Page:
Kaitlyn Tran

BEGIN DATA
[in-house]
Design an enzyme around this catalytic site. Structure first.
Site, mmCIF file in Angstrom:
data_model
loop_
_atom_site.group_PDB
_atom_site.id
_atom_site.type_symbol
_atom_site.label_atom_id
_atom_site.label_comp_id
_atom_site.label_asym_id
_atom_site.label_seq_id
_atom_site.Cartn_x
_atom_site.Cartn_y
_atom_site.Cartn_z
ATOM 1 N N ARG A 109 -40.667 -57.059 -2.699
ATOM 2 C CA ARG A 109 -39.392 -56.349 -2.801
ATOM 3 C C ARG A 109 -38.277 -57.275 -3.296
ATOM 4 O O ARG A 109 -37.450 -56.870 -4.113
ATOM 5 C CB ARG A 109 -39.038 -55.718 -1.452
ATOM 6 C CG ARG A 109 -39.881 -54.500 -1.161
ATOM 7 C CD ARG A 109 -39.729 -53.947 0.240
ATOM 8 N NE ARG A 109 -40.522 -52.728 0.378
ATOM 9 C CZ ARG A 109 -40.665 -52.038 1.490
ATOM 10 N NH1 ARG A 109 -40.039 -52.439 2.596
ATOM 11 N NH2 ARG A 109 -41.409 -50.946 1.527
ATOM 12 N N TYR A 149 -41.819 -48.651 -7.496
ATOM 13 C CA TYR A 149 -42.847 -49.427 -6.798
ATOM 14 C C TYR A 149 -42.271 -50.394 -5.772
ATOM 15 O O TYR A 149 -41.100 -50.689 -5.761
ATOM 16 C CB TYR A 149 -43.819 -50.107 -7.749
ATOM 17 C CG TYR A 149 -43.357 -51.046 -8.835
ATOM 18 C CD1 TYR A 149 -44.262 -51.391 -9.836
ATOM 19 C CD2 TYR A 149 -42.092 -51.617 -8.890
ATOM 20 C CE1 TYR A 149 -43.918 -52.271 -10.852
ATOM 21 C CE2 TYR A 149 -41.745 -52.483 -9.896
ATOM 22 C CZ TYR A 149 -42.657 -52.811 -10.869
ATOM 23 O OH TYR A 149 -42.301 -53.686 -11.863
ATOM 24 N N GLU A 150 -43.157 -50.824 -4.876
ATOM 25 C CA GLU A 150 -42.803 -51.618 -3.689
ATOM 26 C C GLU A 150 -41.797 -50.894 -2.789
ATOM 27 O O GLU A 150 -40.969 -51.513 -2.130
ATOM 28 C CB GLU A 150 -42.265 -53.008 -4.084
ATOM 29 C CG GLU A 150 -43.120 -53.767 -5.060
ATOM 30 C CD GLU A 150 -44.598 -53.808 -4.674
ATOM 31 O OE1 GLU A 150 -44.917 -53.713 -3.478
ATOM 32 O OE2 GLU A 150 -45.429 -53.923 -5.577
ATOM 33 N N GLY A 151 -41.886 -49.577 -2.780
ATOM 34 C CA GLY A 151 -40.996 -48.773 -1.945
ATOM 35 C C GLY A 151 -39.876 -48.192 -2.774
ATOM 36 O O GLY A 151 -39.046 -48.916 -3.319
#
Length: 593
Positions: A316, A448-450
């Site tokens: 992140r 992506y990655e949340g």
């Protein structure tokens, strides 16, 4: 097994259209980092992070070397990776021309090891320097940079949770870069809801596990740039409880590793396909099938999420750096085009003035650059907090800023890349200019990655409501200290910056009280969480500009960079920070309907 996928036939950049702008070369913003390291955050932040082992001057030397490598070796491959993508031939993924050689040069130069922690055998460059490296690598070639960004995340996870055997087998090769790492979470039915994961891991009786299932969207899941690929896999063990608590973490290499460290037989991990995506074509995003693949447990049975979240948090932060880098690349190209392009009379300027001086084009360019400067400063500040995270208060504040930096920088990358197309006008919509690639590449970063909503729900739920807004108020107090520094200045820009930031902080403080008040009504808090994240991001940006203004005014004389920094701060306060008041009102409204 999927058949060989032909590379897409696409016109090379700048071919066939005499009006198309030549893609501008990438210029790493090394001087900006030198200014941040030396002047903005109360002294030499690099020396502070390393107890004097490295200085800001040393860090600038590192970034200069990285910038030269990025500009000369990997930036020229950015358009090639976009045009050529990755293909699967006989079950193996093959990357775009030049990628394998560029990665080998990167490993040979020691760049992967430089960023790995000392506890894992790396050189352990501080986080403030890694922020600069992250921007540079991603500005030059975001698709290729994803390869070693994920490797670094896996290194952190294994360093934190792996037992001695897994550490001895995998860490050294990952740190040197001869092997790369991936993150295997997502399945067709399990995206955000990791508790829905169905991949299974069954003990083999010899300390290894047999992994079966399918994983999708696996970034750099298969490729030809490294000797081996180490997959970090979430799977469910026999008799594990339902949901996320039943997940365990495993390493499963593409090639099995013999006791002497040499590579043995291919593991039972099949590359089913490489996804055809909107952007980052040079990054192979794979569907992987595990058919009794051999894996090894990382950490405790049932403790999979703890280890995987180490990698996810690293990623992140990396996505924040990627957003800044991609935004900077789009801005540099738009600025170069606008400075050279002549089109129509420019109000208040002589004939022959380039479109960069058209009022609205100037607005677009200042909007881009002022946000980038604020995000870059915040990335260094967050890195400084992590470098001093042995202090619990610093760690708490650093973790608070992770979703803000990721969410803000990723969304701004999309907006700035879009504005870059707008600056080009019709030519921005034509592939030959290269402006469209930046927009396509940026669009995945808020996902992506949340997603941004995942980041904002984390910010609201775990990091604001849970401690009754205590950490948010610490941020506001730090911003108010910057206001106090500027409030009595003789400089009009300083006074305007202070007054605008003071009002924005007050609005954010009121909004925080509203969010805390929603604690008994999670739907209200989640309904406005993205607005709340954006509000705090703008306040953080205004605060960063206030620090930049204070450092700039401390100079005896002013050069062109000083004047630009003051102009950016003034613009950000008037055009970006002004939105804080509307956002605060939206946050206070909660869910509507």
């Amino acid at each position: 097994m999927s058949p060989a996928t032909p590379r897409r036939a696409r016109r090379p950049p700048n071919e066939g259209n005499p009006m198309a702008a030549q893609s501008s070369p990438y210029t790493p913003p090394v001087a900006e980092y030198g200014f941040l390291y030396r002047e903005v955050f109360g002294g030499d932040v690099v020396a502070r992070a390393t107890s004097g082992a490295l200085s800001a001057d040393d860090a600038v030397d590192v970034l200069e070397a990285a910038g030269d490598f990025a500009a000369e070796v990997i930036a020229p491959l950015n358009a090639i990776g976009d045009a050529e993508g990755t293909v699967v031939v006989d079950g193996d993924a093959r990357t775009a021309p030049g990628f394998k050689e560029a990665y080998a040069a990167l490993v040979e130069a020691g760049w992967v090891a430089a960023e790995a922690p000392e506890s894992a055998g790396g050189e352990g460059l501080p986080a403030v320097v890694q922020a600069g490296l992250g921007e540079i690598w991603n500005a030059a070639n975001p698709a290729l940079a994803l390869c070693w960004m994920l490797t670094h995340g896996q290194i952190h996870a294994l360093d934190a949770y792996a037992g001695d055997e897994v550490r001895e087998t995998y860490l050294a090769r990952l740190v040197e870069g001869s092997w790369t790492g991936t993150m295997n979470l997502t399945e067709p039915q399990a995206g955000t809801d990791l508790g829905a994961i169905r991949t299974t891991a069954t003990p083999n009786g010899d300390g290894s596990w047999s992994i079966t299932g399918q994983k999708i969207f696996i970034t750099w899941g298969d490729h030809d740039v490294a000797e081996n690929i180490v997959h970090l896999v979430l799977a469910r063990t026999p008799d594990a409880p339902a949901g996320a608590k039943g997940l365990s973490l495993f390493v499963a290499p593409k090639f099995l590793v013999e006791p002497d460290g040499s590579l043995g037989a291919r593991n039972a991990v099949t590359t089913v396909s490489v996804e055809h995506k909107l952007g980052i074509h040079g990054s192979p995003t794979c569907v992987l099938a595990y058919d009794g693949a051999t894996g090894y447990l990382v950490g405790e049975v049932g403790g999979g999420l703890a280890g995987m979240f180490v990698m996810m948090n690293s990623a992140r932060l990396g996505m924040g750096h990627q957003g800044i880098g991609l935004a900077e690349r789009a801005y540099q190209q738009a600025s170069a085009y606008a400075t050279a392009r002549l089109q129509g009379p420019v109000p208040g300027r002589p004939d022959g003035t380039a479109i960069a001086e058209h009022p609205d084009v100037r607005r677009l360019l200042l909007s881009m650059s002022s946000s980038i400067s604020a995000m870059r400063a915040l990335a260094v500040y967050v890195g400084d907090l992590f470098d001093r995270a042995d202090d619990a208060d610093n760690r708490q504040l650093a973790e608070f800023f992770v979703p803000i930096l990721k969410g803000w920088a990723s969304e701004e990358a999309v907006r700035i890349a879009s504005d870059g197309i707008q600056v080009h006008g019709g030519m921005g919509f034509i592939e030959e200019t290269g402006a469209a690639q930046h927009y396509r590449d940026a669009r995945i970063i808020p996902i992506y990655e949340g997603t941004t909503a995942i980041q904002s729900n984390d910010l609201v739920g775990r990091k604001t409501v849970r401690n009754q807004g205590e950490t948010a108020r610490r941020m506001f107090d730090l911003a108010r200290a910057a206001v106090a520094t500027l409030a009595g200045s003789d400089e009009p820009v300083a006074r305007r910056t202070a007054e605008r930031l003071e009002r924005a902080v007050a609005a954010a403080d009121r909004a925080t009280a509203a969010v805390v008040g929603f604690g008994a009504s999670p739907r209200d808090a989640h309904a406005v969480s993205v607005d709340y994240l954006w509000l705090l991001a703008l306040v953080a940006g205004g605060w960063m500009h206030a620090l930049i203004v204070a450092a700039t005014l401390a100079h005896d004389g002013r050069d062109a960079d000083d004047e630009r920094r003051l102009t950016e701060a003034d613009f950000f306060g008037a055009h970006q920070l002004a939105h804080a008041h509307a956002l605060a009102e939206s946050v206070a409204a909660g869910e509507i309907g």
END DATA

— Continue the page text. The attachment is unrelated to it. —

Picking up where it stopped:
Kaitlyn Tran is a junior at Clayton High School in Clayton, Mo. When anti-Asian hate incidents began rising in March 2020, Kaitlyn felt that data from self-reported hate incidents was one of the most impactful ways to draw awareness to the issue. To truly advance racial equity, she envisioned having organizations and communities come together in order to draw a clear, data-driven national picture of anti-Asian hate in the U.S. Kaitlyn co-created the National Data Coalition Against Anti-Asian Hate to collaborate and collectively increase the capacity of the data branches of AAPI organizations. She has established partnerships with two national AAPI organizations and recruited a team of volunteers across data science and academic research fields. Starting with aggregating existing data on hate incidents and connecting victims to local resources, then researching reporting trends over time and rallying support for legislation, she hopes to build a system that can protect the AAPI community and drive a movement that won’t be caught in silos. Ultimately, Kaitlyn sees the coalition as a convener to increase organizational communication, while also conducting on-the-ground work that supports victims and creates lasting impact toward systemic change. She believes that AAPI solidarity can unite across disciplines to help the public understand how and where to mobilize, incite policy change, and heal a nation splintered by hate and racism. For too long, anti-Asian hate has been normalized and its victims silenced. When AAPIs collectively stand together, our unapologetic and bold shouts merge into a voice that demands to be heard and can’t be ignored. Beyond this project, Kaitlyn also serves as the student representative to the Clayton School Board of Education and leads the STL Digital Divide Project, a student-led initiative for digital equity.